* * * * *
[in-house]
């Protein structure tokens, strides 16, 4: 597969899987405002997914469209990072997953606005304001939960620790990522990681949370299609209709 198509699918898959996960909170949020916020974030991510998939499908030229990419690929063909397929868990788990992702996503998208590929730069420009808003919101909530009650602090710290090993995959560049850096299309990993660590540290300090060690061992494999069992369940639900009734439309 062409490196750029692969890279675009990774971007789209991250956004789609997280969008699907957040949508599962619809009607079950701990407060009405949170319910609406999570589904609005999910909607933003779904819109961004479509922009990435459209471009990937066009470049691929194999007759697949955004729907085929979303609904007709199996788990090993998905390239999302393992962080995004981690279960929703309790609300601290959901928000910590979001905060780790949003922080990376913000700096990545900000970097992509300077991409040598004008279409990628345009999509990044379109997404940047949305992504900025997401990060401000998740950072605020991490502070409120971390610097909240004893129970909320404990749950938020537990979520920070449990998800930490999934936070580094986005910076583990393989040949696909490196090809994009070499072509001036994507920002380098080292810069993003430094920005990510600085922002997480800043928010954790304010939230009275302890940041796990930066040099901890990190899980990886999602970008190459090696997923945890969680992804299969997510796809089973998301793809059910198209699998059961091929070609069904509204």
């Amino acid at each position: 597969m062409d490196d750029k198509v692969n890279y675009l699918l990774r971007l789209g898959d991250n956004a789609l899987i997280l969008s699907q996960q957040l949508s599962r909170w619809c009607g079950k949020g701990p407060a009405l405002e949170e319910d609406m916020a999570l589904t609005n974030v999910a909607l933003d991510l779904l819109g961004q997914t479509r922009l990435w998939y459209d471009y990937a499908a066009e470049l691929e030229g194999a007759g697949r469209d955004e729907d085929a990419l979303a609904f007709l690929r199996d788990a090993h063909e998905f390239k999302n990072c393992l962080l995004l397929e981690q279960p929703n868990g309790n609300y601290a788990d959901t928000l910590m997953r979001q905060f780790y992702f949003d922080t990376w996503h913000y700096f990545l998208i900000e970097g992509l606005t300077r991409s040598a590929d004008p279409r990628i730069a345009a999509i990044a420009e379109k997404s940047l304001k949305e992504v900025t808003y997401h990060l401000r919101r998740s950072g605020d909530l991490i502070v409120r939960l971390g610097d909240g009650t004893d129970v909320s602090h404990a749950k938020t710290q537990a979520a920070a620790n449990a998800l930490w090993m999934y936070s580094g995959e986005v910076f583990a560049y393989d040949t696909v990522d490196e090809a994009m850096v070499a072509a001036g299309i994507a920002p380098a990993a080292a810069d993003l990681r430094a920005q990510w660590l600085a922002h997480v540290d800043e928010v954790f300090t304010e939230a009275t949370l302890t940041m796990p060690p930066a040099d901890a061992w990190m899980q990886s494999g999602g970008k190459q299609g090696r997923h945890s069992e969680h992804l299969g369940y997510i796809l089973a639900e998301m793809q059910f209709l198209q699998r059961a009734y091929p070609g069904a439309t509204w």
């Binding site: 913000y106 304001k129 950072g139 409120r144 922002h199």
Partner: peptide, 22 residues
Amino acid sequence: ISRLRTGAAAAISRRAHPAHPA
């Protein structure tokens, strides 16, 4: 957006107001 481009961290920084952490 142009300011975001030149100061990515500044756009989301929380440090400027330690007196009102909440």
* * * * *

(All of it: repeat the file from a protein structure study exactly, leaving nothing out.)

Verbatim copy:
[in-house]
């Protein structure tokens, strides 16, 4: 597969899987405002997914469209990072997953606005304001939960620790990522990681949370299609209709 198509699918898959996960909170949020916020974030991510998939499908030229990419690929063909397929868990788990992702996503998208590929730069420009808003919101909530009650602090710290090993995959560049850096299309990993660590540290300090060690061992494999069992369940639900009734439309 062409490196750029692969890279675009990774971007789209991250956004789609997280969008699907957040949508599962619809009607079950701990407060009405949170319910609406999570589904609005999910909607933003779904819109961004479509922009990435459209471009990937066009470049691929194999007759697949955004729907085929979303609904007709199996788990090993998905390239999302393992962080995004981690279960929703309790609300601290959901928000910590979001905060780790949003922080990376913000700096990545900000970097992509300077991409040598004008279409990628345009999509990044379109997404940047949305992504900025997401990060401000998740950072605020991490502070409120971390610097909240004893129970909320404990749950938020537990979520920070449990998800930490999934936070580094986005910076583990393989040949696909490196090809994009070499072509001036994507920002380098080292810069993003430094920005990510600085922002997480800043928010954790304010939230009275302890940041796990930066040099901890990190899980990886999602970008190459090696997923945890969680992804299969997510796809089973998301793809059910198209699998059961091929070609069904509204």
């Amino acid at each position: 597969m062409d490196d750029k198509v692969n890279y675009l699918l990774r971007l789209g898959d991250n956004a789609l899987i997280l969008s699907q996960q957040l949508s599962r909170w619809c009607g079950k949020g701990p407060a009405l405002e949170e319910d609406m916020a999570l589904t609005n974030v999910a909607l933003d991510l779904l819109g961004q997914t479509r922009l990435w998939y459209d471009y990937a499908a066009e470049l691929e030229g194999a007759g697949r469209d955004e729907d085929a990419l979303a609904f007709l690929r199996d788990a090993h063909e998905f390239k999302n990072c393992l962080l995004l397929e981690q279960p929703n868990g309790n609300y601290a788990d959901t928000l910590m997953r979001q905060f780790y992702f949003d922080t990376w996503h913000y700096f990545l998208i900000e970097g992509l606005t300077r991409s040598a590929d004008p279409r990628i730069a345009a999509i990044a420009e379109k997404s940047l304001k949305e992504v900025t808003y997401h990060l401000r919101r998740s950072g605020d909530l991490i502070v409120r939960l971390g610097d909240g009650t004893d129970v909320s602090h404990a749950k938020t710290q537990a979520a920070a620790n449990a998800l930490w090993m999934y936070s580094g995959e986005v910076f583990a560049y393989d040949t696909v990522d490196e090809a994009m850096v070499a072509a001036g299309i994507a920002p380098a990993a080292a810069d993003l990681r430094a920005q990510w660590l600085a922002h997480v540290d800043e928010v954790f300090t304010e939230a009275t949370l302890t940041m796990p060690p930066a040099d901890a061992w990190m899980q990886s494999g999602g970008k190459q299609g090696r997923h945890s069992e969680h992804l299969g369940y997510i796809l089973a639900e998301m793809q059910f209709l198209q699998r059961a009734y091929p070609g069904a439309t509204w």
């Binding site: 913000y106 304001k129 950072g139 409120r144 922002h199």
Partner: peptide, 22 residues
Amino acid sequence: ISRLRTGAAAAISRRAHPAHPA
């Protein structure tokens, strides 16, 4: 957006107001 481009961290920084952490 142009300011975001030149100061990515500044756009989301929380440090400027330690007196009102909440």